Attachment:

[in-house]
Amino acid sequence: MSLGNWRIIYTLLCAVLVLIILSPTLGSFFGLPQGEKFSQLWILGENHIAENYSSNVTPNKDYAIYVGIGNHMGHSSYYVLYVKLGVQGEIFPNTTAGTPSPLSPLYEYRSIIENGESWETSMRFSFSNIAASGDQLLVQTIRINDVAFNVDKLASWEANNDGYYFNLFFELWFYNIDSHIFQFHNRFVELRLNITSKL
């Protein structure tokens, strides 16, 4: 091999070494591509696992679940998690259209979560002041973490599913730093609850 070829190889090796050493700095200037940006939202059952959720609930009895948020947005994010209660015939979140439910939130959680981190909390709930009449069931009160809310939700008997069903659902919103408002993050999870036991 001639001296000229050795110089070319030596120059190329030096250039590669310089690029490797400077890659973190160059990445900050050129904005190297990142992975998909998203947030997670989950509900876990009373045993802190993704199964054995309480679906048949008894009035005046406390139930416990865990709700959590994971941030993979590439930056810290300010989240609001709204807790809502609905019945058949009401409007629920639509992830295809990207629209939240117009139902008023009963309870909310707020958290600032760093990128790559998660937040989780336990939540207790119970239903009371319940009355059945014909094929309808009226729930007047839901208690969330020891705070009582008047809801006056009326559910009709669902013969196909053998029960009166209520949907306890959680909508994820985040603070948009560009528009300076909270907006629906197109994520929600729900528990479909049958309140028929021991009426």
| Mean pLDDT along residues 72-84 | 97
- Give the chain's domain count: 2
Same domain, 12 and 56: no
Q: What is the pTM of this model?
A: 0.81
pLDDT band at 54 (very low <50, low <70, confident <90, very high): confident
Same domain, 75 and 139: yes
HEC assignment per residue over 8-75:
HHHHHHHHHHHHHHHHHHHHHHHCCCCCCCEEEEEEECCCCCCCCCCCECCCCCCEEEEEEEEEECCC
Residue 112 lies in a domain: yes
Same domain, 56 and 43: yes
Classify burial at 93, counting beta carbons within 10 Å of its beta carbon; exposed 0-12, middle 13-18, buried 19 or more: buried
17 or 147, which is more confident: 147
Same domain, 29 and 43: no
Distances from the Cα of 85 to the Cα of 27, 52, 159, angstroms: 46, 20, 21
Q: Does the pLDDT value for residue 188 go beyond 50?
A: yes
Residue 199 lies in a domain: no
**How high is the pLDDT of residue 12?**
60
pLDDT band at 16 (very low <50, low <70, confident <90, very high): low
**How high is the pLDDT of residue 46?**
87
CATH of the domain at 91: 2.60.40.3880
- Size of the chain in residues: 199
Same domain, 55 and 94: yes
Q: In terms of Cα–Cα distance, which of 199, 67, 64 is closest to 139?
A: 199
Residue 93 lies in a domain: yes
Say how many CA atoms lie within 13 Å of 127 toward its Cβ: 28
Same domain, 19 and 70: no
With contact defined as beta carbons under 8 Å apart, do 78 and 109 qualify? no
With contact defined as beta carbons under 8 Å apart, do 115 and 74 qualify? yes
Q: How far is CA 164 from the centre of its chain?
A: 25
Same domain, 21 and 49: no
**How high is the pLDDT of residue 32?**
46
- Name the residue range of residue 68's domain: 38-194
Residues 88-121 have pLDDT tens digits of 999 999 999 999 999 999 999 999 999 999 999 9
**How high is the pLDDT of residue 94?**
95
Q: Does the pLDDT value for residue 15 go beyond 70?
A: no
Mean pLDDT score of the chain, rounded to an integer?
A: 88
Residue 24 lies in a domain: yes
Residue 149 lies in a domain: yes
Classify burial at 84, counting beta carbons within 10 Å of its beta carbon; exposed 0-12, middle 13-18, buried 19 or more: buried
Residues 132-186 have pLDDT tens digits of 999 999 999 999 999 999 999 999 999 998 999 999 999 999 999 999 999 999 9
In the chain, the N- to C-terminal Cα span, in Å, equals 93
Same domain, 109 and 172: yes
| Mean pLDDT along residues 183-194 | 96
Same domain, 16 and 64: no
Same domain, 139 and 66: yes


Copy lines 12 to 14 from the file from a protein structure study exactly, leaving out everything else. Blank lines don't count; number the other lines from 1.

HHHHHHHHHHHHHHHHHHHHHHHCCCCCCCEEEEEEECCCCCCCCCCCECCCCCCEEEEEEEEEECCC
Residue 112 lies in a domain: yes
Same domain, 56 and 43: yes